Who knows best?

 Uncategorized
Dec 082003
 
Authors: Danielle Hudson

There comes a time in all of our lives when we really start to

think for ourselves. We say to ourselves, “I am my own person, and

I can form my own opinions. I know enough about the world to decide

what’s right and what’s wrong.”

Well, we can form our own opinions, but do we? When it comes to

the political aspect of our culture, we citizens tend to turn to

anybody for suggestions, except for the people who should have the

most influence – the politicians.

Even though politicians are elected to help us, we let actors,

musicians and other cultural “elites” have too great of an impact

on our society’s political opinions.

We don’t turn to our governor or even our president for

guidance. We look to sources like the Dixie Chicks, Susan Sarandon,

Dustin Hoffman and Julia Roberts.

Our society seems to think that just because Martin Sheen plays

a president on TV, he has valid political ideals. Sheen was quoted

in a radio interview saying, “George W. Bush is like a bad comic

working the crowd, a moron, if you’ll pardon the expression.”

Whatever happened to patriotism?

I have always been under the impression that actors and

musicians are entertainers, working to entertain the masses. Yet,

somehow, pop culture demands that these entertainers step up and

tell Americans just what’s wrong with our country. I’m sorry, but

where did Mr. Sheen say he got his political science degree

from?

Author and radio talk show host Laura Ingraham makes several

well-founded arguments in her book “Shut Up and Sing: How Elites

from Hollywood, Politics and the UN are Subverting America.”

Ingraham states: “But invariably their intelligence relates to one

line of work – acting. Their experience is in the world of

entertainment, interpreting their roles on stage and screen. Unless

they have had other important professional experience (in business

or politics), their artistic know-how does not make them

well-suited to address, let’s say, universal health care.”

I guess it all boils down to one question: Why are entertainers’

opinions so important to us? Whether in the arena of politics or

not, we trust actors and musicians to lead the way for us in doing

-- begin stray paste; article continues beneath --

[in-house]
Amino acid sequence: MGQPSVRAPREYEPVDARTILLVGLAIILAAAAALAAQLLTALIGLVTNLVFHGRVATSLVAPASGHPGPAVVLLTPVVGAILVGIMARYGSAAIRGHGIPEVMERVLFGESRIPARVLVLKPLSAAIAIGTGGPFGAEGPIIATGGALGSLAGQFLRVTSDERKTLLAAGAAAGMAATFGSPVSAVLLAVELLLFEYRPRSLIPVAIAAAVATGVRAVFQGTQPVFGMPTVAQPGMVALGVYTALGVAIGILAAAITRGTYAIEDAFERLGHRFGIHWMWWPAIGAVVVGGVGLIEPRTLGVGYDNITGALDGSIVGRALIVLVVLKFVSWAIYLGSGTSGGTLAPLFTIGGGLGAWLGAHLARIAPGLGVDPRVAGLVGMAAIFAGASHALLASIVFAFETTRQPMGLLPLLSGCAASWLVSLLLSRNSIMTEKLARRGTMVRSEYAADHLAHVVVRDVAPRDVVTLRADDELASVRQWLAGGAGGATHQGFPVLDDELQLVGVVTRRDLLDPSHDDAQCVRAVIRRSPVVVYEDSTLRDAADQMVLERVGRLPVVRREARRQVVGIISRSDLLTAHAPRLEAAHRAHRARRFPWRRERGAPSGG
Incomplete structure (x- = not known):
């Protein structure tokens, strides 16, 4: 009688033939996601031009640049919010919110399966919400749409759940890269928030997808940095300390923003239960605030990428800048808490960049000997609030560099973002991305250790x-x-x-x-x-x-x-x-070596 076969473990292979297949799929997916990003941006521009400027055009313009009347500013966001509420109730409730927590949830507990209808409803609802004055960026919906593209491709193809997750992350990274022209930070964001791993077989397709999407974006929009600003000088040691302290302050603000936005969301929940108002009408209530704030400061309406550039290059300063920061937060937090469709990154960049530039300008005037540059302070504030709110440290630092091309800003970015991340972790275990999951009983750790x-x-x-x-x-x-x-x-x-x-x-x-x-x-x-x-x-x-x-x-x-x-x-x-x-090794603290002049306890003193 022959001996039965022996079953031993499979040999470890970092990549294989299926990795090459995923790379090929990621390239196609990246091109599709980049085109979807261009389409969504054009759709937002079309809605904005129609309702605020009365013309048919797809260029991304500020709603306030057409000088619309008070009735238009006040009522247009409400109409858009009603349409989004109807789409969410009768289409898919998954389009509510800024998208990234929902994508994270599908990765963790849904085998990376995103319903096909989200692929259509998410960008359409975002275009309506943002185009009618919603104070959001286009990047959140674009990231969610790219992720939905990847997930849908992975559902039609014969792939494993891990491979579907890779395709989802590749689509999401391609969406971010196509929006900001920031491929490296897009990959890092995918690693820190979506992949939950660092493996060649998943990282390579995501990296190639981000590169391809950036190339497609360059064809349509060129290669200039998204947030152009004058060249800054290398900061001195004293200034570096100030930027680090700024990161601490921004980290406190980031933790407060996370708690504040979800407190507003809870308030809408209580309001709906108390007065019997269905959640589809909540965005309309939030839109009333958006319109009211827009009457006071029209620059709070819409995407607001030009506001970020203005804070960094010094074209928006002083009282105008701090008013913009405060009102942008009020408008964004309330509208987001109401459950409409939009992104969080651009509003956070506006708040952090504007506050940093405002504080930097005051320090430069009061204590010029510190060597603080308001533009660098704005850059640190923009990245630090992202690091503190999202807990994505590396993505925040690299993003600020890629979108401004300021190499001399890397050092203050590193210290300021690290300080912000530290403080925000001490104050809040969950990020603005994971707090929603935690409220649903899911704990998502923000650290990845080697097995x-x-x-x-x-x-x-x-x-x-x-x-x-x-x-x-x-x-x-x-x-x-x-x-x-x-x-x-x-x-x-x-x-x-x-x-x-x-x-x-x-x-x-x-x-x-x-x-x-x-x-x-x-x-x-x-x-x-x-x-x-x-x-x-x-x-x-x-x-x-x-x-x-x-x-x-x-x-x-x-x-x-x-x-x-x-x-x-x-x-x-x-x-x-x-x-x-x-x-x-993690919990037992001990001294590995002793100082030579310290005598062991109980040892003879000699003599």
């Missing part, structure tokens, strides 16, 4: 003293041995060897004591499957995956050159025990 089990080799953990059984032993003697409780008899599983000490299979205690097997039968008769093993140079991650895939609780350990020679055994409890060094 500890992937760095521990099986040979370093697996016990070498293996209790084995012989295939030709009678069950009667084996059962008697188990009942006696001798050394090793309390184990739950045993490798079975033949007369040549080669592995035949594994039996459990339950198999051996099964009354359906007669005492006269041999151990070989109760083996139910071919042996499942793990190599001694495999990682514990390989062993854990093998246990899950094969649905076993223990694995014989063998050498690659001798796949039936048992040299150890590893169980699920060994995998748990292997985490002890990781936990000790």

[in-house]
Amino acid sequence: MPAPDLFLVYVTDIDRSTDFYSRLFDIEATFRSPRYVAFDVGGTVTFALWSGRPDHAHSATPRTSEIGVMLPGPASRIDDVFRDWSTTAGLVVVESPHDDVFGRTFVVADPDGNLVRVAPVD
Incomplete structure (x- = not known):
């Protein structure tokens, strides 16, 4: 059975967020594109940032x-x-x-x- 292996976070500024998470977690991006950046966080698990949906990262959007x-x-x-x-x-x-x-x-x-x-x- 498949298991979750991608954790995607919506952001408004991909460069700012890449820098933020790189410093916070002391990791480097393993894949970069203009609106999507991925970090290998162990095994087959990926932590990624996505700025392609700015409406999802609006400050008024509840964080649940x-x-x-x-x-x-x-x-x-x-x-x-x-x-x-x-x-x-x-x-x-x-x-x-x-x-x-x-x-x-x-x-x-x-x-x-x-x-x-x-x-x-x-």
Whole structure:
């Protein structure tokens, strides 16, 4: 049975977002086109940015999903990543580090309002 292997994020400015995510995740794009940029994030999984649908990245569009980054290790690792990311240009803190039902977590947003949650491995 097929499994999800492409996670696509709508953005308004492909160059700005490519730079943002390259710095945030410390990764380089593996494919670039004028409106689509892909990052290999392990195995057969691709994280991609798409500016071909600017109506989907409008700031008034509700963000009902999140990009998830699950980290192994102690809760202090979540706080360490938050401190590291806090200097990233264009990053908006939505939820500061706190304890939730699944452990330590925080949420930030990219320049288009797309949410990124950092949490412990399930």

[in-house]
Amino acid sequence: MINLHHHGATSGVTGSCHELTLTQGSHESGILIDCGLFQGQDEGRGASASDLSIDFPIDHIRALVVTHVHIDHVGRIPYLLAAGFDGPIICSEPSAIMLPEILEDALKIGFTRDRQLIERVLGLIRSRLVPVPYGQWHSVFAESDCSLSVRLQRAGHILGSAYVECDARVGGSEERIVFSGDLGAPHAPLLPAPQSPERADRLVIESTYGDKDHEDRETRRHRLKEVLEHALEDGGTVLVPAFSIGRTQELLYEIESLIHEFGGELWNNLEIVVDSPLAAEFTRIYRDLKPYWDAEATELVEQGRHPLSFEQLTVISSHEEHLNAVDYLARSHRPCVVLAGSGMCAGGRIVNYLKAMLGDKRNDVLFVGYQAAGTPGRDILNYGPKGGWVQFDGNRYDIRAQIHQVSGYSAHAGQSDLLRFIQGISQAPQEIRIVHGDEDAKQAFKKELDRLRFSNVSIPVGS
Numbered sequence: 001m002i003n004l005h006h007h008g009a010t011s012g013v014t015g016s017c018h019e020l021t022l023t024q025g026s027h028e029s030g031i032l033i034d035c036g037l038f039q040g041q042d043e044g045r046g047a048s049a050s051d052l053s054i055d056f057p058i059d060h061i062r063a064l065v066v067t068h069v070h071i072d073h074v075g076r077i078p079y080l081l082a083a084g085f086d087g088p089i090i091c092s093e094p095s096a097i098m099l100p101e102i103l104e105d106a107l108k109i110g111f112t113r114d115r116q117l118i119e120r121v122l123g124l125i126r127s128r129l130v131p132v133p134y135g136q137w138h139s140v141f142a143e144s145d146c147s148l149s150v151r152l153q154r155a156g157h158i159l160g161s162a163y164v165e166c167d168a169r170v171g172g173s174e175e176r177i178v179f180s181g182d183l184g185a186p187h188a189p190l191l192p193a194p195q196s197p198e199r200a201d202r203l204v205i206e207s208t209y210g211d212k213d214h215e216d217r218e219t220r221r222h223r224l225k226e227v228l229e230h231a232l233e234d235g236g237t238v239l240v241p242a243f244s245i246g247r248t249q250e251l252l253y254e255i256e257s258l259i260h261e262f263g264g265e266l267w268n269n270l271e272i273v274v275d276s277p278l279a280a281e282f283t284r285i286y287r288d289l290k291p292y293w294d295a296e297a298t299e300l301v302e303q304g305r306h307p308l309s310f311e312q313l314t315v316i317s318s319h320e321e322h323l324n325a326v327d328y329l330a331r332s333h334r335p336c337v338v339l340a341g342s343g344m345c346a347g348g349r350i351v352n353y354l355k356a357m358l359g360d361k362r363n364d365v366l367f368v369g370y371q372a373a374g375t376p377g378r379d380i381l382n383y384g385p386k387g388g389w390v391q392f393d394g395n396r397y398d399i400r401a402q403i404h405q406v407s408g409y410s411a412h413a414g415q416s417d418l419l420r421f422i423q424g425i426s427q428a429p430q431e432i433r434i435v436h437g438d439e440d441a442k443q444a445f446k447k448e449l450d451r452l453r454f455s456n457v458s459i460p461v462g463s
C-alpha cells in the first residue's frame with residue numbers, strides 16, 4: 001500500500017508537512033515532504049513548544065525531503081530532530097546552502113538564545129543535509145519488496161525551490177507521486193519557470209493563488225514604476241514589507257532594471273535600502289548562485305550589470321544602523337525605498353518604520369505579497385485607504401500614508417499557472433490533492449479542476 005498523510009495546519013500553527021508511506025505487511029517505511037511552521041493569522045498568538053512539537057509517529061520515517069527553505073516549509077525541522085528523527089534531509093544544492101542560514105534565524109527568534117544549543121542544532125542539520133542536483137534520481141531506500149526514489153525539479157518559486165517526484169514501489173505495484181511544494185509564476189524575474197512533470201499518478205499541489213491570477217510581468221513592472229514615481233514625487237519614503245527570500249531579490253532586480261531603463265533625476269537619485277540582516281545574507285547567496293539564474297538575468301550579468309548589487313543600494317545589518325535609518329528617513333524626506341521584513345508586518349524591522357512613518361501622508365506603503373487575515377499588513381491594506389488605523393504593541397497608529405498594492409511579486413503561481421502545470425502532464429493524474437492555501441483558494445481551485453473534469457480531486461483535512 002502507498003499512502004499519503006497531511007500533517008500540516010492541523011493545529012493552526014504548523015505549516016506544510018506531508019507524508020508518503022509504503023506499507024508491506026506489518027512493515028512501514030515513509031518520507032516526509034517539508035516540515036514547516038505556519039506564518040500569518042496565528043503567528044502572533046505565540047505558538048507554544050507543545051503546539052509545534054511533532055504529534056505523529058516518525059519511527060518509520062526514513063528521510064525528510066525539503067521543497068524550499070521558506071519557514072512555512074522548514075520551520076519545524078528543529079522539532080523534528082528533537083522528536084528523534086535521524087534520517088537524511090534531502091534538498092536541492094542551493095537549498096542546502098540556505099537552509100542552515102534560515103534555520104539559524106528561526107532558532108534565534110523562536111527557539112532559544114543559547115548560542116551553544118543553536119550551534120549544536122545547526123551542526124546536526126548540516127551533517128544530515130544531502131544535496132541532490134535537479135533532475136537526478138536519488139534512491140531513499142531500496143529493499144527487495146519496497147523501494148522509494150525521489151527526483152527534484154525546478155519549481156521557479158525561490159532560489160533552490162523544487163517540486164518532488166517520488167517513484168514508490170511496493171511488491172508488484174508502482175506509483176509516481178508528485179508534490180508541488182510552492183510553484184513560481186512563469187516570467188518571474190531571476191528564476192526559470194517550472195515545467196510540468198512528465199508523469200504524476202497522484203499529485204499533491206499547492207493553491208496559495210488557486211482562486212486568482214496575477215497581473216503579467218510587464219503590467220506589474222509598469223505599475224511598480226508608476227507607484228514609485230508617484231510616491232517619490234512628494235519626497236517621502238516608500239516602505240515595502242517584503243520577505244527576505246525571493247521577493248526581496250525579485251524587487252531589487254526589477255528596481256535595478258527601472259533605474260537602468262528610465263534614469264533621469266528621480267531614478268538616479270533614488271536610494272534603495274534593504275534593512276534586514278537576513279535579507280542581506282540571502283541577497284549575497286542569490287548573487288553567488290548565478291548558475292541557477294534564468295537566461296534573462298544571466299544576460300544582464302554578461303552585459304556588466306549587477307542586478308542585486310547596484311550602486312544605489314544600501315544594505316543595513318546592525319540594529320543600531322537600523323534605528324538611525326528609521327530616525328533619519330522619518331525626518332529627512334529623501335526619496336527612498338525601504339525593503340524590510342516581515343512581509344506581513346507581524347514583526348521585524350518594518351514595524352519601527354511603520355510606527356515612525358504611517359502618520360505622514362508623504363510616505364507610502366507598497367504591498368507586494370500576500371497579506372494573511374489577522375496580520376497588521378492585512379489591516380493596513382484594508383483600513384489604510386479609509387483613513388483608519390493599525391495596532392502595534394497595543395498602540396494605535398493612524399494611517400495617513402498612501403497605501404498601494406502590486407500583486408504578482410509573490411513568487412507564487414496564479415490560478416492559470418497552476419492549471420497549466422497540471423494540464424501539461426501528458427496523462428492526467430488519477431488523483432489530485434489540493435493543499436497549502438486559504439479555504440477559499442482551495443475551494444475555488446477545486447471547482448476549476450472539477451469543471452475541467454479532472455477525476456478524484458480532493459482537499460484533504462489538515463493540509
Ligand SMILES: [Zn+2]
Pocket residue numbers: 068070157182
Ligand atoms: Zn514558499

what’s “right.” Do we place unseemly amounts of trust in them

because they’re famous or because they really seem like wholesome,

ethical people? It’s always easier and somewhat smarter to trust

someone who is a morally upright citizen, so wouldn’t it make more

sense for us to trust performers who aren’t getting into trouble?

If an actor does something wrong (for example, Sean Penn and his

many forays into the world of assault and battery), do we stop

agreeing with his or her beliefs? No! No matter how immoral and

unethical they behave, we still think they know what’s best. Would

we do the same with our neighbors? No, we wouldn’t. And why not?

Because they’re not famous.

As citizens, we take entertainers’ words to heart, and we

respect what they have to say. But is it the same for them? Do they

respect the American public? According to the article “You (and

Bush) Are Likely Too Dumb for This” by Howard Mortman of MSNBC,

famous actors think the average American citizen is an idiot.

Several actors and other celebrities are quoted as saying that

Americans are “lunatics, ignorant people, dummies – even dumb

puppies.” If we, as citizens, are going to respect the opinions of

celebrities, isn’t it only fair that they also respect us? Maybe

this just shows that you can’t always trust what you see on TV.

As a nation, we need to let entertainers do their jobs and leave

the politicians to theirs. Our president and Congress have been put

in place for a reason. They make the laws that govern our country

and protect our freedom. Were actors elected to do that? If they

were, I didn’t get that memo.

 

Danielle is a sophomore studying technical journalism. She is a

copy editor for The Collegian.  dr.Hudson@ColoState.EDU

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